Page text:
The other day I came across a scientific paper titled "Using the Simplicity Cycle in Model Building." It was presented at the 18th World IMACS / MODSIM Congress in Australia this past July. The conference has something to do with "modeling and simulation with mathematical and computer sciences," which frankly is all a bit beyond the scope of my education.
But back to the paper's title. Huh, I thought. Someone else is using the phrase "Simplicity Cycle." I wonder what theirs is like. So I checked it out.
Nope. Turns out, the title of the paper was referring to MY Simplicity Cycle. How cool is that?
All I could get access to was the abstract, which is probably just as well. But from what I can tell, Prof Ted Lefroy from the University of Tasmania and his co-authors C.A. Pollino and A.J. Jakeman from the Australian National University in Canberra are using the Simplicity Cycle concept to "arrive at a state of low complexity and high utility" in their agricultural models, by "progressively discarding drivers, nodes and links to which the system is least sensitive." Which is exactly what the Cycle diagram is for.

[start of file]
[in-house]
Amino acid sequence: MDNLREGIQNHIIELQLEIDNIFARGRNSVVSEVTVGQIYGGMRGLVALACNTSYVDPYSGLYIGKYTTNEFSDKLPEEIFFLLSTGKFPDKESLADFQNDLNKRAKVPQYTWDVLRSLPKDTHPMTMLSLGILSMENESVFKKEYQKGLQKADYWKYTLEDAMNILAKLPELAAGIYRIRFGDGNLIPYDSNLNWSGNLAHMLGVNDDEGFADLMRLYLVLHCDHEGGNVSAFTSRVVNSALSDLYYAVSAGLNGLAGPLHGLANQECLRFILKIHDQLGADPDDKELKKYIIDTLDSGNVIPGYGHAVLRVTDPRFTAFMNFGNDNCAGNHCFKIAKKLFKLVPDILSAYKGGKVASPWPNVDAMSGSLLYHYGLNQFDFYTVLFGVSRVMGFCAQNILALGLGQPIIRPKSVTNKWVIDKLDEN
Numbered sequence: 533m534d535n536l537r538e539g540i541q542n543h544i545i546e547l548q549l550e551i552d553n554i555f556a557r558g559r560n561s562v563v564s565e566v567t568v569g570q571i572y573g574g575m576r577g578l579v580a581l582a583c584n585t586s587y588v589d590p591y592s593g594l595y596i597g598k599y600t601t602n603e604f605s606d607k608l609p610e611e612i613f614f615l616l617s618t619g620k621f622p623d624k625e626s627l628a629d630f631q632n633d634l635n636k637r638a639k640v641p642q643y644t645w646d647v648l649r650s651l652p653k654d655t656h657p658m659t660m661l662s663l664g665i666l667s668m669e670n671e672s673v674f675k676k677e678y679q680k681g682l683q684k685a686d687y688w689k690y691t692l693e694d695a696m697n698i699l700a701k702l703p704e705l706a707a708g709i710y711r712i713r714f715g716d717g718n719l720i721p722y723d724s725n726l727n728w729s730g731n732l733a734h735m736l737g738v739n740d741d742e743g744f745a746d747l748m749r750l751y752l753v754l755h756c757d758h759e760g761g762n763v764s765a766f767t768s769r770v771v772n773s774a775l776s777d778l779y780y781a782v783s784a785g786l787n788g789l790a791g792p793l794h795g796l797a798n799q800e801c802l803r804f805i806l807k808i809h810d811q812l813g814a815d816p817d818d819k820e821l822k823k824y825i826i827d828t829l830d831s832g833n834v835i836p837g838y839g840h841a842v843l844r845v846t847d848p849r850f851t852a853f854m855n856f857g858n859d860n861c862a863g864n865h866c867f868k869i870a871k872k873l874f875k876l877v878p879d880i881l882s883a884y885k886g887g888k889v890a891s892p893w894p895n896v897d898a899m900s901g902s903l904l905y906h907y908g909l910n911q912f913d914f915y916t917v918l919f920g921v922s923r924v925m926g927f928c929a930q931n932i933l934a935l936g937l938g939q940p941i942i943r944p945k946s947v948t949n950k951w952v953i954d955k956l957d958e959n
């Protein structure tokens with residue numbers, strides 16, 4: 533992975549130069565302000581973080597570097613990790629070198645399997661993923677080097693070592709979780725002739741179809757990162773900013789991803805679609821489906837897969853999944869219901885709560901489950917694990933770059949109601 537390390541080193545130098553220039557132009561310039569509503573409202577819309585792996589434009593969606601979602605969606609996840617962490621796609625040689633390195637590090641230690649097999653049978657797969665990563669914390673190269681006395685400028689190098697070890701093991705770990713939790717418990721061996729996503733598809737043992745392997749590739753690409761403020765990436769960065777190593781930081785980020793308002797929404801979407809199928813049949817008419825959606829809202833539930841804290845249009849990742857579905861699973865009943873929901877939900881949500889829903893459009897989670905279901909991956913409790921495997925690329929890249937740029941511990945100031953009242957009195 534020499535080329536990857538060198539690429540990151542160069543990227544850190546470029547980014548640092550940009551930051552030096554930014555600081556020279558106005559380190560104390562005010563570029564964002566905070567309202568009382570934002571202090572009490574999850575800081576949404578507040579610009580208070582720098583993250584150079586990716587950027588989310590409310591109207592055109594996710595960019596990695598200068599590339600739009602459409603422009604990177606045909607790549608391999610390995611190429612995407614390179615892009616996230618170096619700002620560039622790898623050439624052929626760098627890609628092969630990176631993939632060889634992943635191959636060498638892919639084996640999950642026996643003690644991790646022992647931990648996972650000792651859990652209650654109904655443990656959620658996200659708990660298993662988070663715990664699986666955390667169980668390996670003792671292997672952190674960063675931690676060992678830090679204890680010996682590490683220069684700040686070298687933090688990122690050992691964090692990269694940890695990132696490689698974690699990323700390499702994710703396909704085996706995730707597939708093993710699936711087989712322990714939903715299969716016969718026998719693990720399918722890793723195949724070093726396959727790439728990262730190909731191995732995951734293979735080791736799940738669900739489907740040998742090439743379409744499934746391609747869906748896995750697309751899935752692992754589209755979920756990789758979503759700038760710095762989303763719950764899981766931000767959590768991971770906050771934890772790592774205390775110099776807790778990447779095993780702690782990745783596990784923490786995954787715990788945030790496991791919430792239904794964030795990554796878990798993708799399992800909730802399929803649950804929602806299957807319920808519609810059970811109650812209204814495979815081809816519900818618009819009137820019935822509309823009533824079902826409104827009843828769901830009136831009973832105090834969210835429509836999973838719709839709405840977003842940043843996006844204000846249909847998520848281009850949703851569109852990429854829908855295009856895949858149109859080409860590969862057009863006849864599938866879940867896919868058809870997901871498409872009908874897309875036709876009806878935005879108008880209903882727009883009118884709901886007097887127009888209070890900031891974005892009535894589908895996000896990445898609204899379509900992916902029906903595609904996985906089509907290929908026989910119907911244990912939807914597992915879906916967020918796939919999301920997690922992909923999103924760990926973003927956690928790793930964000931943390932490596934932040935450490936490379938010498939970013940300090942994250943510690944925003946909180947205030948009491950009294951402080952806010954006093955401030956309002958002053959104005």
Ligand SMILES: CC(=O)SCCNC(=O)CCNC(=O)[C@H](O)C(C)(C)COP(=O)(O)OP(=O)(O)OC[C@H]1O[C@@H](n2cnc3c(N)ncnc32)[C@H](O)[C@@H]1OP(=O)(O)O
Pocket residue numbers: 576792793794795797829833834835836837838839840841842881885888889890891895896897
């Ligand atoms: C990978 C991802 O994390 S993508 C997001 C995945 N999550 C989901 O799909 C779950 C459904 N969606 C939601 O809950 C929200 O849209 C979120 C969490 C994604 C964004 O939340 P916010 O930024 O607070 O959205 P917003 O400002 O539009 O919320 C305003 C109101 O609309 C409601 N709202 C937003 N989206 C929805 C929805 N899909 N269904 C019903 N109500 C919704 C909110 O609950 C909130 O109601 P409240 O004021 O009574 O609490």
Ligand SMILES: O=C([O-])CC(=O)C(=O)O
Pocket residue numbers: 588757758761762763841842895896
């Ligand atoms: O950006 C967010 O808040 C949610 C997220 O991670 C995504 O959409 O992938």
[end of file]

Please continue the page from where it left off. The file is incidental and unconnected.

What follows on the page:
I completely love the idea that Australian agricultural scientists are using some ideas from my crazy little book to shape their own model designs. I hope others will do the same - which is why I made it a free download at Lulu and why I released it under a Creative Commons License.
Incidentally, it's now been downloaded over 2,100 times. You've got your free copy, right?